Kenyans defy 2017 poll jitters to move 36 bln USD on mobile phones

Kenyans transacted a record 36 billion U.S. dollars on mobile phones in 2017, defying jitters arising from two elections held in August and October.

The transactions were an increase of 3 billion dollars from 2016, latest Central Bank of Kenya figures showed Thursday. In 2016, mobile money use stood at 33 billion dollars.

The east African nation had a lengthy electioneering period in 2017, with political activities stifling business.

The general election was held on Aug. 8 last year, but President Uhuru Kenyatta's win was annulled by the Supreme Court and a fresh poll called on Oct. 26.

The happenings affected business and consequently movement of money in the economy but the Central Bank data showed use of mobile money remained resilient.

The highest mobile money transactions in the entire 2017 were recorded in December, where they stood at 3.3 billion dollars, thanks to Christmas festivities.

The period is characterized by vibrant spending, with Kenyans using the service to send money to their loved ones, shop and pay bills, among others.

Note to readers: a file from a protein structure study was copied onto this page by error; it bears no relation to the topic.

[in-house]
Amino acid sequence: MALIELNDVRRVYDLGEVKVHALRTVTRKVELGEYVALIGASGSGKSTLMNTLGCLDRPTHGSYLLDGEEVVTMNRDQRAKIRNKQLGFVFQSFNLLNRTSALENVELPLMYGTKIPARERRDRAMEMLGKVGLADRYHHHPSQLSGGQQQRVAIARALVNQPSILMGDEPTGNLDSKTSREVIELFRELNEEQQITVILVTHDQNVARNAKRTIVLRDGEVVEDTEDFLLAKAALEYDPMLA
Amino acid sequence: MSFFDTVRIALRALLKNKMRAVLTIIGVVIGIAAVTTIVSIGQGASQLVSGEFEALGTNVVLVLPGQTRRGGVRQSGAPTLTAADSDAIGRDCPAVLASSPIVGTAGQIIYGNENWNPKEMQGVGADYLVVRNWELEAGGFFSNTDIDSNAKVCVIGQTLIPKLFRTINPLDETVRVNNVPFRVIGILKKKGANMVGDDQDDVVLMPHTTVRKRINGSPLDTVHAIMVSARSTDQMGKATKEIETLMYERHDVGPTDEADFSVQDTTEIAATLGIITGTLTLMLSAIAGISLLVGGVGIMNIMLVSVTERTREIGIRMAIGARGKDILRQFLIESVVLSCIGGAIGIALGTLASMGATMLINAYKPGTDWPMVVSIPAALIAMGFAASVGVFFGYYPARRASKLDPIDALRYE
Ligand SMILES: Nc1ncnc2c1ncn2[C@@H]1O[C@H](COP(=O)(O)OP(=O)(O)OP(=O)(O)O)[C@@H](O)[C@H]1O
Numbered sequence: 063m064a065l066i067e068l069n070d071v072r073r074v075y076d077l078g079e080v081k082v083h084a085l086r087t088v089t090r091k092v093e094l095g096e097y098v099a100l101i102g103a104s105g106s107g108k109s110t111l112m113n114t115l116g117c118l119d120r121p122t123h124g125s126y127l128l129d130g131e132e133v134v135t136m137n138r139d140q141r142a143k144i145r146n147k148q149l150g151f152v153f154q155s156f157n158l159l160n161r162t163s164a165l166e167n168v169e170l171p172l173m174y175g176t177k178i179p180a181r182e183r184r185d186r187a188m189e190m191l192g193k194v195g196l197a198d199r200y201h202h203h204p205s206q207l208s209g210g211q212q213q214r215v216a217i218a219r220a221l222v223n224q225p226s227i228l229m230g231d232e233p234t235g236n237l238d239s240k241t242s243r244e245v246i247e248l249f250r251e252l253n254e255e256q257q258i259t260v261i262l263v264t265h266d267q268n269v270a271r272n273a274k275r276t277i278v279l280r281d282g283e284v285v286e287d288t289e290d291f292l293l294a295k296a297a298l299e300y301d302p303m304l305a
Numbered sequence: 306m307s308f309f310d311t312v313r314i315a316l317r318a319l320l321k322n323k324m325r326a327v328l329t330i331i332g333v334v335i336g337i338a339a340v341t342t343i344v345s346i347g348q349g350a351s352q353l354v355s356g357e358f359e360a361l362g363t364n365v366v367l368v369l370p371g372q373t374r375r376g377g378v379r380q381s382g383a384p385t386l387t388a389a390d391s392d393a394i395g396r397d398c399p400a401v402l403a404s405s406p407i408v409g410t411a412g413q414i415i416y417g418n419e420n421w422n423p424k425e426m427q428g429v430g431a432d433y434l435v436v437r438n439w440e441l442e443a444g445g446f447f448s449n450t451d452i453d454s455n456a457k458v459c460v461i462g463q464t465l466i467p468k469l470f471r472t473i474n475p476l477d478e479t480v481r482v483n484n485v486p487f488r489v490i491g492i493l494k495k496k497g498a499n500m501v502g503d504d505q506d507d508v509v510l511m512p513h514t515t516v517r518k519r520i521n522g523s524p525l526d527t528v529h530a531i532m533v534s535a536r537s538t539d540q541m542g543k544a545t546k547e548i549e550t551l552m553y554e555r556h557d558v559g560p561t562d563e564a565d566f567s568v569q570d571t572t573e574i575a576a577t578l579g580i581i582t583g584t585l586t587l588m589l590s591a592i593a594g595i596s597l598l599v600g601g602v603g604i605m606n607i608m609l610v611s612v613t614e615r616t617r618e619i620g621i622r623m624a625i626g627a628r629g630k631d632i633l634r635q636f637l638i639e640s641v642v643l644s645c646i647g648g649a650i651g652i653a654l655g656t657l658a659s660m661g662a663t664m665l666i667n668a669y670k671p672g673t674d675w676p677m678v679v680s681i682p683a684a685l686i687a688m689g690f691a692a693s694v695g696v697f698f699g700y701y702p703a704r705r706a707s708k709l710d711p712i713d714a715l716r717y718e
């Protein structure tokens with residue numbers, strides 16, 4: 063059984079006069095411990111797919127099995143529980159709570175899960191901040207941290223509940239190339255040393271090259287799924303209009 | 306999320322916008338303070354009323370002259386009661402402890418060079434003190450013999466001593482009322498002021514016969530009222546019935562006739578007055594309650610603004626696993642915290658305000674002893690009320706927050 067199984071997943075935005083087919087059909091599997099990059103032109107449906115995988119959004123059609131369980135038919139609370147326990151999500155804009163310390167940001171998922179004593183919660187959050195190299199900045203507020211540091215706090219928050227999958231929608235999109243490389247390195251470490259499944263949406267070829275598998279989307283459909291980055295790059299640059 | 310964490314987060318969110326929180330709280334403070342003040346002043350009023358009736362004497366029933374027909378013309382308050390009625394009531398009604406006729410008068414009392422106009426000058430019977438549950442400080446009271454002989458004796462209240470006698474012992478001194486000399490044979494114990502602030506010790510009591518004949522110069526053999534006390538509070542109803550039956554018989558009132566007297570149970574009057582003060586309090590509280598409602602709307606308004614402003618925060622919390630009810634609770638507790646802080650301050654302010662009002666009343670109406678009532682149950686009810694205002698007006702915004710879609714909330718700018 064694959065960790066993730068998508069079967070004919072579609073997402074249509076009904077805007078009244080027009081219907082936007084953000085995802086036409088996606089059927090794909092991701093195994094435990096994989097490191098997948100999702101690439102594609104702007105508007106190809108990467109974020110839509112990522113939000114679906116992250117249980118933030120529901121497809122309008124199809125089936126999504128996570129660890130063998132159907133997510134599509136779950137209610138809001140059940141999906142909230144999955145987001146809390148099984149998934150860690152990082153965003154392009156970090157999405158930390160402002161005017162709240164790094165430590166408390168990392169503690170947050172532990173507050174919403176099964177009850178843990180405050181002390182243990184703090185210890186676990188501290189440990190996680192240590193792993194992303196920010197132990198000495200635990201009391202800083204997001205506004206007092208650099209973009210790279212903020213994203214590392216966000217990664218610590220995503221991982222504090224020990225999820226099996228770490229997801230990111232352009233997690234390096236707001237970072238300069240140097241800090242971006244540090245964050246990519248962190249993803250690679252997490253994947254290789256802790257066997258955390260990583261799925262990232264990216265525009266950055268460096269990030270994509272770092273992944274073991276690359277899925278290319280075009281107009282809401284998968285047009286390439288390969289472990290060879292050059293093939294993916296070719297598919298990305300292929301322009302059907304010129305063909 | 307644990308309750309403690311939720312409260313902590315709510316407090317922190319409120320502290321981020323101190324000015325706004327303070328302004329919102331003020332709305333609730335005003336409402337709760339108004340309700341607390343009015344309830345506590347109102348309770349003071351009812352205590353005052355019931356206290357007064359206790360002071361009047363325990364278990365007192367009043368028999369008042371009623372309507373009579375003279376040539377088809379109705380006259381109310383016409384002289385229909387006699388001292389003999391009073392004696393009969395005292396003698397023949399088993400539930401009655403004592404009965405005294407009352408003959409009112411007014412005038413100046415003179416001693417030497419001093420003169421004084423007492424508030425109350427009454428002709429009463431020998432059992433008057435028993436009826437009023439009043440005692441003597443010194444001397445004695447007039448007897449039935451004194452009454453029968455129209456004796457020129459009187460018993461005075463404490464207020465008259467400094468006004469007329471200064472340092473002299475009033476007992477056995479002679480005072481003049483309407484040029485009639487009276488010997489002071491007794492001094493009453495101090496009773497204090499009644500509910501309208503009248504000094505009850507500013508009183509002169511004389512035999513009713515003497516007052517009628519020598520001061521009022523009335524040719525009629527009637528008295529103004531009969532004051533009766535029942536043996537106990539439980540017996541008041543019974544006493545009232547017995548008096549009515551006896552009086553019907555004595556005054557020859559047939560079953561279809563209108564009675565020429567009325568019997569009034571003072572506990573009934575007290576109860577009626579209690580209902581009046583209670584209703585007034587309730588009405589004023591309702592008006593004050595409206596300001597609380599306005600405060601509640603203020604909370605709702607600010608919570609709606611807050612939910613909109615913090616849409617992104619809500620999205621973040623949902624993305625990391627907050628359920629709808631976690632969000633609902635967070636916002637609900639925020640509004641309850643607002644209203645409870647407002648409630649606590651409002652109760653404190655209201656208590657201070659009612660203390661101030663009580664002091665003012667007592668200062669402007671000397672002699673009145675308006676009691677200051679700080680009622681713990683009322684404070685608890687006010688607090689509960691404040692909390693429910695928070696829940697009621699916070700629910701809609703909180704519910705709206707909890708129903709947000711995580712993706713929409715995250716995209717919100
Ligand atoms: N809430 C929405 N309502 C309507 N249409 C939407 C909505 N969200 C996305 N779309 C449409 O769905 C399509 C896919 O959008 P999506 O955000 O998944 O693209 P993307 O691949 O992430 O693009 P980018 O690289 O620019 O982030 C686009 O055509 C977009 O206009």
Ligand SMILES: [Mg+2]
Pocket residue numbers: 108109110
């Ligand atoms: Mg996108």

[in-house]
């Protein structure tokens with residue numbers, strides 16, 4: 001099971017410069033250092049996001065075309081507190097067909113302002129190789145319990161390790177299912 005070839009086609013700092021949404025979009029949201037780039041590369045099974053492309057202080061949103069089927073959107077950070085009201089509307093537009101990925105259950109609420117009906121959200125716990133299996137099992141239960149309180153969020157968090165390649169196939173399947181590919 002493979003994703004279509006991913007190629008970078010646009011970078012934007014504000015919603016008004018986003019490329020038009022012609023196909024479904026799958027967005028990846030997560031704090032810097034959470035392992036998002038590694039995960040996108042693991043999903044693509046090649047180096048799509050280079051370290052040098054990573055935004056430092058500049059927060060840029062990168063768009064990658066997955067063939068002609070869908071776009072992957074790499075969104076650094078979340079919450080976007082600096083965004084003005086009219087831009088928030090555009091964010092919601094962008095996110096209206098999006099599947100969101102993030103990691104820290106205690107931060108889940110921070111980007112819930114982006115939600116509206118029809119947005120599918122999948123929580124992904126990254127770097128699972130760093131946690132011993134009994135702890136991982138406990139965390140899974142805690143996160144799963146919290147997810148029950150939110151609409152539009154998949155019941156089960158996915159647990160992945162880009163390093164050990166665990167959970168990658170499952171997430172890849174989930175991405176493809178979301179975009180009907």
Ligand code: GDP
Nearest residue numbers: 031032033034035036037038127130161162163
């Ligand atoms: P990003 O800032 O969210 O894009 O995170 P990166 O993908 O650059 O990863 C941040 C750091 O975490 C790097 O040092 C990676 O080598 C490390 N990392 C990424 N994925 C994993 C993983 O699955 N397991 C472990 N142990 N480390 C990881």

During the entire 2017, monthly mobile money use averaged 3 billion dollars, with the least transactions, 2.7 billion dollars, recorded in February.

The number of people employed as agents by the several mobile money service providers surged considerably in 2017, peaking at 182,472 in December, having risen from 150,000 in January, the Central Bank said.

Similarly, mobile money subscribers hit 37.4 million at the end of 2017, having grown by about 4 million people during the period.

Monthly mobile money transactions, on the other hand, hit a record high of 139 million, from 130 million in January.

"The growth of mobile money in Kenya is unprecedented," said Ernest Manuyo, a business management lecturer in Nairobi. "A number of reasons can be given, which include intense sports betting and banks taking their services on mobile phone as they seek to cut costs."

"At 36 billion dollars, I believe we are almost hitting the peak before use stagnates. This can be at 40 billion dollars," Manuyo said.